Three Dark Poems by Peter Michael Bush: “Fear in the Eyes of the Crocodile”, “First…Serial…Rites”, and “Blood in the Sycamores”

Fear in the Eyes of the Crocodile
Give me the time, 
I will tell you of fear 
in the eyes of the crocodile- 
Black and lifeless, 
Summing up, stalking 
While frozen in terror I stand 
My son falls into 
Brackish water 
And takes, does the crocodile, my boy. 
 
My arms they flail, 
They beat about on 
Water’s cold dead face; 
Parting the deep, 
Revealing small children, 
And surrounding them, the crocodiles, 
Their bodies long 
Twisting slow in the ice.  
 
So, I carry these children 
Across, one dying step at a time; 
Yet, still I sense 
The crocodile’s black eyes 
On me damning, hunting, burning 
Me with this hate; 
Promising me that, 
Come the spring, he will find us again. 
My boy clings fast 
To my freezing body 
as we make our way across 
 
Evil waters 
To stare, time and again, 
Into hungry, black, lifeless eyes.
First…Serial…Rites
Blood, pitter patter, at right angles 
From his chin to the floor falling. 
Perfect circles. Perfect circles. 
Naked body splayed out before him- 
Science pig opened up, pinned down, 
Strewn about for present eyes to see. 
And the blood, the blood, squeezed like juice 
From some unnamable piece of flesh 
Gripped tightly between his fingers. 
The cherry popped, a virgin no more 
With no fear, life no longer a dream; 
But a fantasy to be revealed, to be 
Reveled in, basked in, rolled in, bathed in 
This metallic, coppery taste 
Spilled in a surreal train of pictures 
Later to endlessly be replayed: 
Uncomfortable fumbling, discomfort, 
Unknowing fear lending to panic; 
Pain and torture, torture and pain… 
Gurgling, disbelieving death; 
But the money shot: so like God: 
Power, control, reality’s master. 
An experience so vivid, 
The memories, the film - a promise 
That next time would be all the sweeter. 

Blood in the Sycamores
Between Noodle Dome and Stink Creek 
Out where our fathers hunted squirrels, 
Dead in the middle of Crater Wash 
Hard in the night, the moon waning 
Headlights blaze white over mud flats. 
 
Blood in the sycamores tonight 
Splatters wet, crying out innocent.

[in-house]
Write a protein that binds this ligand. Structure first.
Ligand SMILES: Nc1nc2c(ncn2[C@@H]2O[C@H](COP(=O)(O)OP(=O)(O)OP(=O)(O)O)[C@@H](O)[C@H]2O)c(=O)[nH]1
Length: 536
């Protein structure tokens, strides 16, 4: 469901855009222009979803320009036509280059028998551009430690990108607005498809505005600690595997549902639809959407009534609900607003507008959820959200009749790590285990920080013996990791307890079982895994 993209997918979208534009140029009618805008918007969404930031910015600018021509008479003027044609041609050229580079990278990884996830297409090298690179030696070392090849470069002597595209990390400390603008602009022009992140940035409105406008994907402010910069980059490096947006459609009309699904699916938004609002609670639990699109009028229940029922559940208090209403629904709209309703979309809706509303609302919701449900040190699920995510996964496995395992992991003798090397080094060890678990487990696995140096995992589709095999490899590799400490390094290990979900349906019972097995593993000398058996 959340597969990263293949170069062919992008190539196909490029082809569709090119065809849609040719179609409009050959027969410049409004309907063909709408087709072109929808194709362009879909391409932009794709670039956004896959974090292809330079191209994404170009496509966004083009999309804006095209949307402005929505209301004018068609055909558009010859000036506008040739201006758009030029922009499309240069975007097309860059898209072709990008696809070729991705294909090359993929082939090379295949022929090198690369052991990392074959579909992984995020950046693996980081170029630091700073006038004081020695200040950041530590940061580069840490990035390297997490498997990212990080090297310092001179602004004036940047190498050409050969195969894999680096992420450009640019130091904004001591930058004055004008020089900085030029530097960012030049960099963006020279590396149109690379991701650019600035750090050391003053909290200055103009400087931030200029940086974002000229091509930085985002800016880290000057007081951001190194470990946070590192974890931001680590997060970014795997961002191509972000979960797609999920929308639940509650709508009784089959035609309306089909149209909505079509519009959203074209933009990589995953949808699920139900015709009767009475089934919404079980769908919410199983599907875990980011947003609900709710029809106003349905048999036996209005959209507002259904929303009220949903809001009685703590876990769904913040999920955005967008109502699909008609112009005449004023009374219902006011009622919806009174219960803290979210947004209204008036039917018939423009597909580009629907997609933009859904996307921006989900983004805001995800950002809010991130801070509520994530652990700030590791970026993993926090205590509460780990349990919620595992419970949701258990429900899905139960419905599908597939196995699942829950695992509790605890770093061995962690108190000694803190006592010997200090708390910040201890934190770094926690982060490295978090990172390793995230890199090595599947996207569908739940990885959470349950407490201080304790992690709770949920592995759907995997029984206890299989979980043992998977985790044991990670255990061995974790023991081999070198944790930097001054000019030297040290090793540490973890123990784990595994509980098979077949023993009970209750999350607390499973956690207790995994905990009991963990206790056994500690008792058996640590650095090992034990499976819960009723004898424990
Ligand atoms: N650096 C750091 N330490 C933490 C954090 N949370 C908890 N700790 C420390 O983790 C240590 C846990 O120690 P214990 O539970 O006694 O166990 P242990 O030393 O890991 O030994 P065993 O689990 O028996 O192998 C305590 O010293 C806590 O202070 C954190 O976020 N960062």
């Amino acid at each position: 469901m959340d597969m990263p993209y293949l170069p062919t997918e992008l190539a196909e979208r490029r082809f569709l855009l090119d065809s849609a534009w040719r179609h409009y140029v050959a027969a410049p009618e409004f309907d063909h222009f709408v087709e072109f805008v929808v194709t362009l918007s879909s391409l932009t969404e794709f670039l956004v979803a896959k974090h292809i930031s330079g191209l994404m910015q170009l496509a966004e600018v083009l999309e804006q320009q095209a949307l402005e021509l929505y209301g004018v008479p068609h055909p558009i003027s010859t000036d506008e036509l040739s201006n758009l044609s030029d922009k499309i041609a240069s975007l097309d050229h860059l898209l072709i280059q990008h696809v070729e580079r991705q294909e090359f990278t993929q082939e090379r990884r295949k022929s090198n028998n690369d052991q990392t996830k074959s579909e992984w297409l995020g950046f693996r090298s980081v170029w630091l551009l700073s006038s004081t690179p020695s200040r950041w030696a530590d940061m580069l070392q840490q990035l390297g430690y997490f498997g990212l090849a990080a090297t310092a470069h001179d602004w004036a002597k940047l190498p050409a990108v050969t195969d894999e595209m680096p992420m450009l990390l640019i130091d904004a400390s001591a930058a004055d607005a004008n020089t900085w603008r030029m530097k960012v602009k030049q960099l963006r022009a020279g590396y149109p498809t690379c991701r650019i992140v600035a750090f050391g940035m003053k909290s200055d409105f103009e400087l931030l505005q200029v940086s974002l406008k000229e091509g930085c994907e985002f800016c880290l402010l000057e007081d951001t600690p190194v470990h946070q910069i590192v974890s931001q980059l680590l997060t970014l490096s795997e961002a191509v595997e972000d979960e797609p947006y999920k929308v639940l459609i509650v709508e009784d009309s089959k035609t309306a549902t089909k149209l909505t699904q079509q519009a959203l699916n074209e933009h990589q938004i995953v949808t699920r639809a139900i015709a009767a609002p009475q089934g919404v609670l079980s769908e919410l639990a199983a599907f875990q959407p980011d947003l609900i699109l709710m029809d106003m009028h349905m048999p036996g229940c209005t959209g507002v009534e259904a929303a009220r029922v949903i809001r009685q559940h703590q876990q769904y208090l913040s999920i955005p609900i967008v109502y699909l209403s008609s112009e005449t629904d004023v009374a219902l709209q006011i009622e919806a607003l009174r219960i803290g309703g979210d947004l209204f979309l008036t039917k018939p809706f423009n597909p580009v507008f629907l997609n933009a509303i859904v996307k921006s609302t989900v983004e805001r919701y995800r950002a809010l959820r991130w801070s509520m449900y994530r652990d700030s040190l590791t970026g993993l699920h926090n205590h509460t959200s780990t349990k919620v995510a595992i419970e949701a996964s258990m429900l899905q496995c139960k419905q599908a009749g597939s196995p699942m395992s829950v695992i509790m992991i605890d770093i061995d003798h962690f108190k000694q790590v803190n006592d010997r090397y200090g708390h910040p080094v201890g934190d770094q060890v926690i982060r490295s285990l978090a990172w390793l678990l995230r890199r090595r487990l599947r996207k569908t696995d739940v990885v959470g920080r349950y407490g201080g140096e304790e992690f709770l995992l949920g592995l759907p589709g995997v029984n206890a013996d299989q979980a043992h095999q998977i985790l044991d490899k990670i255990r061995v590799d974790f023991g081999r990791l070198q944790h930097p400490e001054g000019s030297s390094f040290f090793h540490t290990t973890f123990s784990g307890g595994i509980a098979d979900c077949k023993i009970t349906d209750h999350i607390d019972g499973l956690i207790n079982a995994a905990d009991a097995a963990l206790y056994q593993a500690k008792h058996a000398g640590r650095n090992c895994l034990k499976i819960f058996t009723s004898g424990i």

Where we go, men were not meant to dwell. 
 
Hearts grow shocking cold in ugly work. 
Hands ill-prepared for wicked measures 
Blister on the rough skin of shovels 
Digging deep before the sun rises 
Dead in the middle of Crater Wash. 
                                     
Blood in the sycamores this morning 
Dried to black circles on fading leaves 
Made witness to passions of fallen men. 
 
Time rolls on in floods flowing over the Wash, 
Erases markers of makeshift graves 
Where ghosts reside now forgotten. 
Rumors once strong slowly drift away,  
Make secret what the stars have seen. 
 
Blood in the sycamores always 
Accusing from beyond the silent,  
Penitent men unforgiven. 
 
What we have done, what we have chosen 
Lies indelible in the record: 
A thorn gone festered in my mind 
For that night on Crater Wash. 
Between Noodle Dome and Stink Creek 
             
There is blood in the sycamores. 

Peter Michael Bush is a mental health therapist in rural South Georgia. He spends his free time writing, editing and pondering his own existential dread. He has been involved with powerlifting for over thirty years and has been writing for longer than that. Pete has completed three novels but considers himself a poet first as that is where all of these high jinks began. His work has been published in AlbatrossThe Poet’s PenDream Fantasy InternationalThe Florida Times Union, Independent InkMidwest Literary MagazineThe Dead Mule School of Southern Literature and Anatomy.   


“Act 1, Scene1” Dark Poetry by Prithvijeet Sinha

Sshhhhh.....
Put your ears on the wall.
There's a vile element in the concrete,
A phantasm of the moors.

This scullery is built atop
what once was a necropolis
and they buried masses of all hues six feet under.
Surely, the children have played here
and even spotted a finger bone or two
near the tree.

Listen,
stand here.
Somebody gargles,
hisses a curse,
then
'Deux Ex Machina'
or invokes a native sermon.

It thrills me
but grips like a vice
like how Master's eyes
lock with mine,
a tinge of forbidden desires
in the slow steps he takes
towards the kitchen door.

 ***
Sshhhhh....
Hear.
Nuns and sinners alike
speak various tongues.
Confessions afoot
with the decaying yellow haunting
of the afternoon.

The very light is stricken,
diseased,
separate from the entities of the night that lurk like
Lizzie and Bridget,
their secrets bitten under every lip.

The cat sits there,
breathing
and seeming as placid as Granny
on her rocking chair.

The phantasm from the moors
glows in the shadowed veil
of this room
and then whispers a dirty secret in my ears.
Stone cold
and frigid as the history of this town.
Did you hear it?

Previously published in Visual Verse. 


The writer’s name is Prithvijeet Sinha from Lucknow, India. He is a post graduate in MPhil from the University of Lucknow, having launched his prolific writing career by self publishing on the worldwide community Wattpad since 2015 and on his WordPress blog An Awadh Boy’s Panorama(https://anawadhboyspanorama.wordpress.com/)